Search by Color: Cooper Hewitt, Smithsonian Design Museum

I have to say that I’m a big fan of alternative search options when it comes to internet searching. Of course, there is simply no debating the usefulness of keywords and Boolean operators when searching the internet, but not every query is easily expressed in words. This is especially true of image searches. You might not have the foggiest idea which word or words will provide the results you’re looking for. You might have tried all the words you can think of and found no useful results. Sometimes what your looking for simply can’t be put into words.

But what about color?

Cooper Hewitt, the Smithsonian Design Museum is notable for several reasons. One: it is the only museum in America exclusively dedicated to historic and contemporary design.

Two: It’s located in the sprawling 64-room mansion built by industrial magnate Andrew Carnegie on Fifth Avenue in New York City.

source: cooperhewitt.org

Whoa.

…and Three: While perhaps not as impressive as the last two facts, its website is also home to a very cool feature: browse by color. While you can search by color in an advanced Google image search, Google’s color search is a secondary search parameter, one that can be applied after you’ve entered a search keyword.

By comparison, the Cooper Hewitt color search, Colors!, is a very slick tool that emphasizes browsing rather than search, making it better suited to more nebulous queries. Plus, while Google’s color search is limited to 15 color options, visitors to Cooper Hewitt’s site can search the collection by 118 different colors. You read that right: 118! So, how do they do it?

Objects with images now have up to five representative colors attached to them. The colors have been selected by our robotic eye machines who scour each image in small chunks to create color averages. These have then been harvested and “snapped” to the grid of 118 (of a possible 139) different colors—derived from the CSS4 palette and naming conventions—below to make navigation a little easier.

If you think it sounds interesting, definitely give it a try. For example, here is a selection of some of the things that come up under mediumvioletred and the hex value #c71585

There are, of course, some limitations to the function. First of all, only a small fraction of the collection has been digitized, so some colors have very limited results. Also, as noted in the quote above, images are sorted into five color categories, so works with numerous, varied colors will only appear in a maximum of five color headings.

Still, while it may appear to be more novelty than necessity, Colors! is a potentially very useful tool for the kind of image search that would normally take one to Tumblr, Pinterest, or similar. It’s a visual playground for anyone seeking examples of graphic design, pattern, textiles, posters, prints, etc. from around the world and across time.

Of course, this isn’t the only way to explore the collection. You can search by time period, country, location in the mansion, people, tags, and types.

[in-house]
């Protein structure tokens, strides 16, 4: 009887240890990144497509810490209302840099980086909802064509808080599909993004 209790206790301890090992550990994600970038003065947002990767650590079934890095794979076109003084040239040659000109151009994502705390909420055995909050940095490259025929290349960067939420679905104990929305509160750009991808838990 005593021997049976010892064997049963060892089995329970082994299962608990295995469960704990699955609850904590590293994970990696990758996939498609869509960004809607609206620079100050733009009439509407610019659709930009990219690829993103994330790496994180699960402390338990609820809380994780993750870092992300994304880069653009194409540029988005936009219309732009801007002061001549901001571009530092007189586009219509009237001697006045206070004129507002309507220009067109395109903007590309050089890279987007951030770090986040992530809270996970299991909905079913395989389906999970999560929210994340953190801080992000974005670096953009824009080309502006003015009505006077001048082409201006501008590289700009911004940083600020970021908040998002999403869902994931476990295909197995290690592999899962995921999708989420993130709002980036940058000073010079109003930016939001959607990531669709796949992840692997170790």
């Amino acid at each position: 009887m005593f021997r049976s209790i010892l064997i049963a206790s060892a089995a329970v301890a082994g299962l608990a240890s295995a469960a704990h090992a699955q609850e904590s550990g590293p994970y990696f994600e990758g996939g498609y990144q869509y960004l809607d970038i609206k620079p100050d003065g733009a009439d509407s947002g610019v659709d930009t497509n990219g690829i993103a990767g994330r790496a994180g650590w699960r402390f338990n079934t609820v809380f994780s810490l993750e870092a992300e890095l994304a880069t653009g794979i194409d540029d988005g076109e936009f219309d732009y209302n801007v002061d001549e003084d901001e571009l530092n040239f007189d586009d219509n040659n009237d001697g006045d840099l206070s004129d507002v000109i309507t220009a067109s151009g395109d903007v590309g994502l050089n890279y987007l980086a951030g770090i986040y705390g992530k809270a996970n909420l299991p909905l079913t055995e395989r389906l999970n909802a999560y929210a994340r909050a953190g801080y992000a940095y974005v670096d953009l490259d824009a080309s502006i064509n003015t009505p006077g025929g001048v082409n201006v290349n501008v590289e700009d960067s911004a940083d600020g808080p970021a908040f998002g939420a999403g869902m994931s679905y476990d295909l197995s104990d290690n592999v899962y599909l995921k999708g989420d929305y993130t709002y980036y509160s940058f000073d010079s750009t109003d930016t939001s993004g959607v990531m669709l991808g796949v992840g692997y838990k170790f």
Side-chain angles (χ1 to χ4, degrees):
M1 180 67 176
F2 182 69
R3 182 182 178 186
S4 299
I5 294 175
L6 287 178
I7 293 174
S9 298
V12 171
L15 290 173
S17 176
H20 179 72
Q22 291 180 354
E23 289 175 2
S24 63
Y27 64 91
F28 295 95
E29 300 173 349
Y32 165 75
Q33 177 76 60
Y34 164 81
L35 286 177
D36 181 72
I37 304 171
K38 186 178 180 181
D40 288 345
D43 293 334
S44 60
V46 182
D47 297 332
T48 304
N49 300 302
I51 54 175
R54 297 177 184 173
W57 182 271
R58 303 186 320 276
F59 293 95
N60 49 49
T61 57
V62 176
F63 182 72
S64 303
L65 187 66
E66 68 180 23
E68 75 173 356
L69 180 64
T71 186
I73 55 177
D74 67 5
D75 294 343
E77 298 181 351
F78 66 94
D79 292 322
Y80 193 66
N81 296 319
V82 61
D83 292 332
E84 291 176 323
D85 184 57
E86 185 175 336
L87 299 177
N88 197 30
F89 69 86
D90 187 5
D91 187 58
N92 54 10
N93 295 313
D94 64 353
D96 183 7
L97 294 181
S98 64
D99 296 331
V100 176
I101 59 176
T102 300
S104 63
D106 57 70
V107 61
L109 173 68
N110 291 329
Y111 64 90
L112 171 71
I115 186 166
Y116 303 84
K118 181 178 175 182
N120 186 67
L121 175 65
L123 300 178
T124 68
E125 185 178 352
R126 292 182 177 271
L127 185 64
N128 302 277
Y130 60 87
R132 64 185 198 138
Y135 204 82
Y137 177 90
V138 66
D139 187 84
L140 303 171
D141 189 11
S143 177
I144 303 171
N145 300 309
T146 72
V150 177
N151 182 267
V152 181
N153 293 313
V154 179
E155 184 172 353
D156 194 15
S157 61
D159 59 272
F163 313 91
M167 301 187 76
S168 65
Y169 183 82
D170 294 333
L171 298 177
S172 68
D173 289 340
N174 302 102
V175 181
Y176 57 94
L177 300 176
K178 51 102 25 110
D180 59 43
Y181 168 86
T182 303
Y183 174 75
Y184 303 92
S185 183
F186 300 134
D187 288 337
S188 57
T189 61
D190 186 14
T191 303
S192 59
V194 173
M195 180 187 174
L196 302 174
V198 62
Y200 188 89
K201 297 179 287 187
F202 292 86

Oh, and you can search by keyword, too.

Domestic Interiors Database: the new HGTV?

As much as I keep it a secret, I do have to admit that I love shows about buying and selling homes. There’s nothing like watching interior decorators transform a space, watching newlyweds fight about what room to make their office and which to make their guest room, and seeing a dilapidated house change from potentially-haunted into a modern, cozy, living space. Instead of binge-watching HGTV and watching people fawn over their granite counter tops, there’s also an excellent archive of domestic interiors that spans both time and space.

Compiled by the Arts and Humanities Research Council Center for the Study of the Domestic Interior, this archive was built between 2001 and 2006, as a part of the AHRC’s mission to “ensure that knowledge and understanding by arts and humanities research is widely disseminated for the economic, social, and cultural benefit of the UK and beyond.” The archive features over 3,000 entries, spanning six centuries of interior designs.

The Domestic Interior Database (DIDB) is interested in investigating the way the use of domestic space changed over time, decorative and functional objects within domestic interiors, and how people of these times considered their spaces. These questions are posed through the accumulation  of both reference information and interpretive data, supported through images such as: Renaissance paintings, popular magazines, eighteenth century graphic-satire, and drawings. Textually-based evidence is sourced from novels, poetry, diaries, letters, advertisements, and periodicals. Due to the plethora of visual culture materials sourced, and the wide-range of supporting text-based materials, this is truly an interdisciplinary archive that may prove useful for many times of research going beyond domestic interiors.

The DIDB is also an incredibly transparent archive, with a separate page devoted to discussing the research methodologies that went in to selecting and curating materials to be a part of the database, as well as selected bibliographies. When searching on the DIDB, you can even save searches and results for long-term projects. To begin searching through the archive, simply enter a keyword in the search box on the upper-right hand corner. For example, I searched for ‘magazines’ and returned with 303 results spanning the years 1769-2005.

A revolution in the printing industry in the eighteenth century stimulated a rise in serial publications and an improvement in printing techniques. The Town and Country magazine included illustrated plates…(1769)